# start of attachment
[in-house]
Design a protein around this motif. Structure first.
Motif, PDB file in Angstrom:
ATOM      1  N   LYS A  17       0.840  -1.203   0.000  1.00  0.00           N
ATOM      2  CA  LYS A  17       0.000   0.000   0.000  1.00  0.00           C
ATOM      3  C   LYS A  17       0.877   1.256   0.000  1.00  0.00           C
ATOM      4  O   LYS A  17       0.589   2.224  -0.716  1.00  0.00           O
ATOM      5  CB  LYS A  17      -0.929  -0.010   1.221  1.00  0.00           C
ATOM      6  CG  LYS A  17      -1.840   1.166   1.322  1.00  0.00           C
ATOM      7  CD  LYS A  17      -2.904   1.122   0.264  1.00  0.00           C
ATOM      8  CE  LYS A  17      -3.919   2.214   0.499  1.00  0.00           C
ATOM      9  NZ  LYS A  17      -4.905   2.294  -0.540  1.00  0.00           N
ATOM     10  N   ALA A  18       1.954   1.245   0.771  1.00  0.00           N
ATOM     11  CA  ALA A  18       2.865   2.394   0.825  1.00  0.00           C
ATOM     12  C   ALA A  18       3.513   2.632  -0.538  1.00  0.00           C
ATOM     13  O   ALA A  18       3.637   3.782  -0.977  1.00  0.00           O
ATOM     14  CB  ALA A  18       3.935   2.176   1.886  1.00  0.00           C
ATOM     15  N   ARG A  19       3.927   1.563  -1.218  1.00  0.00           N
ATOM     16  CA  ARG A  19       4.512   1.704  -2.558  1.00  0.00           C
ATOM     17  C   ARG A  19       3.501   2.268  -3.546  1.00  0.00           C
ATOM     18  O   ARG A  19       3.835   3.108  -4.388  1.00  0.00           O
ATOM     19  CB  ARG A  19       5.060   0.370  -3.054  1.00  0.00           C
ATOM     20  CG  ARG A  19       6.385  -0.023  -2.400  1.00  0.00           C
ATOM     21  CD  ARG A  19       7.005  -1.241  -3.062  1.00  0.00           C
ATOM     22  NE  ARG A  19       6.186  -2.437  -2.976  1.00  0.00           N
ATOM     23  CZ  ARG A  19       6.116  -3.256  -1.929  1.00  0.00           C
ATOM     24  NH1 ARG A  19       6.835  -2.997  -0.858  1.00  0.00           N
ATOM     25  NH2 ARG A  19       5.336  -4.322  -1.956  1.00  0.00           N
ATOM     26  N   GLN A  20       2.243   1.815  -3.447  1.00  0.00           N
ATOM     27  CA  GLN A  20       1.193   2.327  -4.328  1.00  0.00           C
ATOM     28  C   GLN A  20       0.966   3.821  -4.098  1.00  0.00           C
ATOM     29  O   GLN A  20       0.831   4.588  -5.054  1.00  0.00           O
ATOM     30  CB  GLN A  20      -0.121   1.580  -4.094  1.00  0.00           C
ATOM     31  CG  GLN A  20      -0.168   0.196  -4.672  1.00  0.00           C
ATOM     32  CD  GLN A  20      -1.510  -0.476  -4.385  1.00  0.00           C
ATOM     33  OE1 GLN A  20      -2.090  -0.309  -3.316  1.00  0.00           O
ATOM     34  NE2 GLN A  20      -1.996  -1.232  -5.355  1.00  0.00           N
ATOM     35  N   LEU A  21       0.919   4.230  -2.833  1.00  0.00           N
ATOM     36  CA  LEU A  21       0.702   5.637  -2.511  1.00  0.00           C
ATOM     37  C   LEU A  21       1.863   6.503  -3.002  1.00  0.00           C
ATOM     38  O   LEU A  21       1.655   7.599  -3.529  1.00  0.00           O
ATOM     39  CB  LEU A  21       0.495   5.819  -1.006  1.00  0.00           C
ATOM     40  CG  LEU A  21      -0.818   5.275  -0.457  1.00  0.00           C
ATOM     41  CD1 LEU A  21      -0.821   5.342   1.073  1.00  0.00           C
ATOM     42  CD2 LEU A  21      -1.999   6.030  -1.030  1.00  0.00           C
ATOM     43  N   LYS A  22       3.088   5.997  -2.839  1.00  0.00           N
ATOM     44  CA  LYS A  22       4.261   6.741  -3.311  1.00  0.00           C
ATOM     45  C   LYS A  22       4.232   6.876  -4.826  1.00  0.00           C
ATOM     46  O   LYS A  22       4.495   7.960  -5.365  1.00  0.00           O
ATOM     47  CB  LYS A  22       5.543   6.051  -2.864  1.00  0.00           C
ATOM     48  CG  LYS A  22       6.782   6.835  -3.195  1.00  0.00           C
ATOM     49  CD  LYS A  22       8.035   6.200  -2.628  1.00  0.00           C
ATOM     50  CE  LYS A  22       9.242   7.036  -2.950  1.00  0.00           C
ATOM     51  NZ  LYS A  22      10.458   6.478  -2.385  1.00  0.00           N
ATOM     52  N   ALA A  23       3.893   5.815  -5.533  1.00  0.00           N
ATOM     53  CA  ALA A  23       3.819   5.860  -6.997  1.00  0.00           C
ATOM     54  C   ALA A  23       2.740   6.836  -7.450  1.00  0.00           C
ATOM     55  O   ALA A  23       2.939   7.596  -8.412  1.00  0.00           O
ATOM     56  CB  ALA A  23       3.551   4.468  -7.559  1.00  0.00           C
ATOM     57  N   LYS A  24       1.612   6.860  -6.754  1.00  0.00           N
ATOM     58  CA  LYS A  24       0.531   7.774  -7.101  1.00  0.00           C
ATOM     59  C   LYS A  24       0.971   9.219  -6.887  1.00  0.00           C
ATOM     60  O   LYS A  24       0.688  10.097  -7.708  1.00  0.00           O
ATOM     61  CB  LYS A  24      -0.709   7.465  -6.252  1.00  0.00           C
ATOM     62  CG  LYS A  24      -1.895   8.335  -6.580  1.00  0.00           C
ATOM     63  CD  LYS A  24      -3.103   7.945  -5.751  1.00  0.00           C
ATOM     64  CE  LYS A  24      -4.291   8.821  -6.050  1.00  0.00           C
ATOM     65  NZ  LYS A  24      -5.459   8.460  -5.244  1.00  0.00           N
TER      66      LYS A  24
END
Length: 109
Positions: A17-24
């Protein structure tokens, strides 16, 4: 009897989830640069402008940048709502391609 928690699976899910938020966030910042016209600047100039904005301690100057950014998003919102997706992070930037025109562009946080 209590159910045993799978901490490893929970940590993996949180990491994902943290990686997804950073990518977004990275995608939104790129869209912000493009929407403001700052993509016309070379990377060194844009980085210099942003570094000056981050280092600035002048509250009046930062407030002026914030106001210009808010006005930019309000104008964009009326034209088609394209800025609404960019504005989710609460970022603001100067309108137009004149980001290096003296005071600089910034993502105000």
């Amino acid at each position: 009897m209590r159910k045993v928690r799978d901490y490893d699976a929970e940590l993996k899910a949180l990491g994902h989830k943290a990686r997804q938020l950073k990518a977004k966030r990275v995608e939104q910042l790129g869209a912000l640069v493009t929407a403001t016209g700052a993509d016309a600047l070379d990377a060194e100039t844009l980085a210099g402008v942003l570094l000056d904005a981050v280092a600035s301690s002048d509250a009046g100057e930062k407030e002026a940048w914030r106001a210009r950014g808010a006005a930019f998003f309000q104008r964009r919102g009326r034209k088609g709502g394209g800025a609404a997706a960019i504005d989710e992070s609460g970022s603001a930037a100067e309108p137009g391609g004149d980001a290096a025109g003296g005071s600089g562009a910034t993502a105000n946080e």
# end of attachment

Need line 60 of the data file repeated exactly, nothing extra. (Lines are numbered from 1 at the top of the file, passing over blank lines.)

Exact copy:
ATOM     57  N   LYS A  24       1.612   6.860  -6.754  1.00  0.00           N